Today, European Union leaders met to sign a historic agreement for free trade with Ukraine and discuss further sanctions against Russia. British Petroleum and Rosneft, Russia's national oil company, also announced that they reached a deal: a five-year, $2 billion deal.
Thus far, sanctions have been only against individual officials, which make a statement more than anything else. They do not prevent companies from doing business with Russia. The nature of any further sanctions would be economic, hitting Russia where it hurts.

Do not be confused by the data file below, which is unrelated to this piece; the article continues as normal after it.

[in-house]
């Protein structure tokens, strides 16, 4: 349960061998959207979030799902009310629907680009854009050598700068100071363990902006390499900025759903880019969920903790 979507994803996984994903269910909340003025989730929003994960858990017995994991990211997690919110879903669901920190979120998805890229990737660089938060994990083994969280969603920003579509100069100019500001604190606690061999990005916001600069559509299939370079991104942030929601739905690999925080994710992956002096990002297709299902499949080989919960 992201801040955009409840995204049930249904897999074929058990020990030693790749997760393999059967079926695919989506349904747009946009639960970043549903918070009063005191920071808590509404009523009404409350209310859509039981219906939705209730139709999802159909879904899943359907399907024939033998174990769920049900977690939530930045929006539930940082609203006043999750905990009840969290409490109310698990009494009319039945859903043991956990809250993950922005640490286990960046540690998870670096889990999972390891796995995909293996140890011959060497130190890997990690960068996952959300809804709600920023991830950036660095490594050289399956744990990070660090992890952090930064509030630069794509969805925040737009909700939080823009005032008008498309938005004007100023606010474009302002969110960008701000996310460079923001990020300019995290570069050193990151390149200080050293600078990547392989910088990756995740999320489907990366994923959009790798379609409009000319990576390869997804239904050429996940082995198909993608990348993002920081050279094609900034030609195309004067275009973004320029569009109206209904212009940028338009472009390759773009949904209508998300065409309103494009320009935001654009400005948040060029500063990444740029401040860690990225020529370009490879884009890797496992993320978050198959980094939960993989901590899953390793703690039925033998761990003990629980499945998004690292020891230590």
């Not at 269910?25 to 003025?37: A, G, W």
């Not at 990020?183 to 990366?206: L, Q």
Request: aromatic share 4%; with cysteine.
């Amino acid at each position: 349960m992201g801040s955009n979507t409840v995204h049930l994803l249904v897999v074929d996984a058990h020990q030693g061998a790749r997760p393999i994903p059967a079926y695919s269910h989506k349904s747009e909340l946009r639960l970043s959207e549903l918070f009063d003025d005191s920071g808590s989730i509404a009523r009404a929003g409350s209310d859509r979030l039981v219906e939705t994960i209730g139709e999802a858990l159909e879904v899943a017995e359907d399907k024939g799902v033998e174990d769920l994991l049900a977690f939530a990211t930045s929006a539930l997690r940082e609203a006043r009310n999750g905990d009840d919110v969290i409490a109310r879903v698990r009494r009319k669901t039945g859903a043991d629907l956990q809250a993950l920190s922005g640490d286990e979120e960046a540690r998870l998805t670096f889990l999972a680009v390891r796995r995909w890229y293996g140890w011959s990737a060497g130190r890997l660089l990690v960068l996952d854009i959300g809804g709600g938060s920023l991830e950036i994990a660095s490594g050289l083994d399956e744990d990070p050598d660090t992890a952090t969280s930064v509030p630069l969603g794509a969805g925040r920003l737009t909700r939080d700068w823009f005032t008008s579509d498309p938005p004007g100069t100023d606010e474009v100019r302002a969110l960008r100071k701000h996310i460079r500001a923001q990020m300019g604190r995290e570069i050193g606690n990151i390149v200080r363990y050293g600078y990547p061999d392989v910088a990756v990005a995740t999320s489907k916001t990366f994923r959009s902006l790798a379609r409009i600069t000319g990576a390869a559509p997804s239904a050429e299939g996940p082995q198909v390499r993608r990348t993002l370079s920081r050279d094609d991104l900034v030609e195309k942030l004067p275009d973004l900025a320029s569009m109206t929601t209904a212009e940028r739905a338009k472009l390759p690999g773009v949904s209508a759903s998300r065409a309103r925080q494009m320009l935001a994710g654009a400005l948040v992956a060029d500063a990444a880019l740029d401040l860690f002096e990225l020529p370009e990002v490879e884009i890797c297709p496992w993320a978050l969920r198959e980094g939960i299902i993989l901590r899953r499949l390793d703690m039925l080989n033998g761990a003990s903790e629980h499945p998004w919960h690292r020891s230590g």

Russia's big business is oil and they haven't been shy about the global power of their energy market. While Europe and the United States debate whether or not to further sanctions into the economic realm, the oil industry is taking a very strict "business as usual" approach. Rex Tillerson traveled to Moscow to speak on a World Petroleum Congress panel aside Rosneft's Igor Sechin (who is sanctioned) earlier this month, regardless of government officials opposing the trip. Business lobbies in the U.S. have also said they would oppose economic sanctions against Russia, worried they would affect American jobs and revenue streams.